It’s finally back-to-school season! I have seen on Twitter that so many of you are entering your freshman year of college within the next couple of weeks. If you read my previous post, you’d know that I did not have the typical freshman year experience. Here are some things I think would benefit all incoming freshman to hear.
1. You will change your major and career path. Multiple times.
I can only think of a handful of people who kept their major and/or minor the same their entire four years. I originally entered college as an Elementary Education and History double major with a minor in Special Education. After taking a Psychology class my first semester, I fell in love.
When I transferred to UMass my second semester of college, I switched Psychology to my major. I decided to pursue a minor in Education because I thought I wanted to be a School Psychologist. I then added Public Health as my primary major and moved Psychology to my secondary, only to shortly drop Public Health altogether. I decided I wanted to be a therapist during junior year, and I still believe that’s what I want to pursue. I stuck with the Education minor because I still wanted to have the background knowledge. Now, I will (hopefully) graduate in May 2018 with a Bachelor of Science in Psychology. I’m currently planning on taking a gap year after that and getting a full-time job, then applying to graduate school.
2. It’s okay to fail.
Up until my junior year, I was almost a straight-A student. Then, I had a lot of things happen in my personal life which led to an increase in my anxiety and a diagnosis of depression. I didn’t get proper treatment and I ended up failing a few of my classes. These were classes that I would normally excel in if I had my normal work ethic and motivation. However, I couldn’t even get out of bed most days. While I put myself down for so long for this, I realized that my mental health is way more important than a bad grade. I’m not a failure because I failed a few classes. I had personal things going on in my life that I have now gotten treatment for. I’m ready to go back to school and kick senior year’s butt.
3. Uncomfortable experiences can turn into the best experiences.
I joined my sorority, Alpha Chi Omega, my sophomore year. I felt so overwhelmed on bid day that I went back to my dorm and cried for the rest of the night. I didn’t know anyone in my new chapter and felt extremely uncomfortable. I decided to stick it out and now love it. I’ve met so many incredible people and have grown to be a more confident person.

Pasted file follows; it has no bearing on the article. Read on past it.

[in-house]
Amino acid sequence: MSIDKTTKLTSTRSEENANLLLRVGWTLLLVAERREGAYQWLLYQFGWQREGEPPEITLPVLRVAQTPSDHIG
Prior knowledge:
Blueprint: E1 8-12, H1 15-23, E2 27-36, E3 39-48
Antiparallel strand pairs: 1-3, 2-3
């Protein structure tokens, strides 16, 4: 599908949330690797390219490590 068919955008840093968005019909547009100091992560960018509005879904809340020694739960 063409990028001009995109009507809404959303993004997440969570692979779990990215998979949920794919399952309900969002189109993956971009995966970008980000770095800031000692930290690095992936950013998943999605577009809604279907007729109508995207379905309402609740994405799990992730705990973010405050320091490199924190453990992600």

I also chose to stay in my college town for the summer and live alone in my apartment. While this seems like a nightmare for anyone with anxiety, this summer has made me more independent and fiscally responsible. I’ve loved my job and internship and have had a great time visiting my Massachusetts friends.
4. It’s okay to get accommodations.
After two years without accommodations, I finally registered with Disability Services to get a single bedroom. I also plan on visiting them early next semester to see if there’s anything I can do if my anxiety and depression gets worse during the semester. If you want more information about getting accommodations in college, read my last post!
5. You aren’t the only one struggling.
You may feel like you are totally alone in what you are going through, but I promise, you are not. After I started my blog and shared my mental health story, I had so many people reach out to me telling me their similar experiences. You aren’t the only one doing poorly in your classes, struggling with anxiety, or having relationship problems.
6. You’re better at things than you think you are.
Don’t put yourself down for your hard work! I am very self-critical, but it turns out, I’m better at things than I thought I was. I thought I wasn’t doing great at my internship, but the other day they asked me if I could continuing interning through the school year. I thought my writing was terrible but I’ve been getting great feedback. Chances are if you love something and put time and effort into it, you are better it than you think you are.
7. There’s no point in comparing yourself to other people because they aren’t perfect, either.
There has been one girl that I’ve admired and wanted to be like since I’ve met her. She seemed so intelligent, put-together, well-dressed, and well-rounded. However, I recently found out that she is not a good-natured or genuine person. I would much rather be good-natured and genuine than perfectly dressed all the time.
8. Start saving early.
I’ll be honest, in the past, I haven’t been responsible with my money. I saved up a lot last summer, but after I decided that I wouldn’t be studying abroad, I spent almost all of it. I have always been the type of person to shop when they’re sad, and deciding not to spend a semester in Scotland was one of the hardest decisions I’ve made in my life. While shopping was a great form of therapy at the moment, I highly regret spending most of my savings. Now I am a year from graduating with a tiny savings account. I wish I saved my money so I had funds for a spring break trip, paying off student loans after graduation, and unexpected expenses.
9. You can’t plan for everything.
I am very much a planner. I hate uncertainty. However, college is chock full of uncertainty. College classes fill up fast and you might not get your preferred schedule. You may plan to study abroad but something could come up (in my case, a decline in mental health). There are many circumstances that you can’t plan for. Sometimes, you just have to accept that.
10. This is your time to do what you want.
College is the four (plus or minus) years of your life that you are on your own but not fully an adult. You don’t have as many bills to pay but you still are able to be independent of your parents. If there is something that you want to do (for example: start a blog, join a sorority, get a tattoo), do it.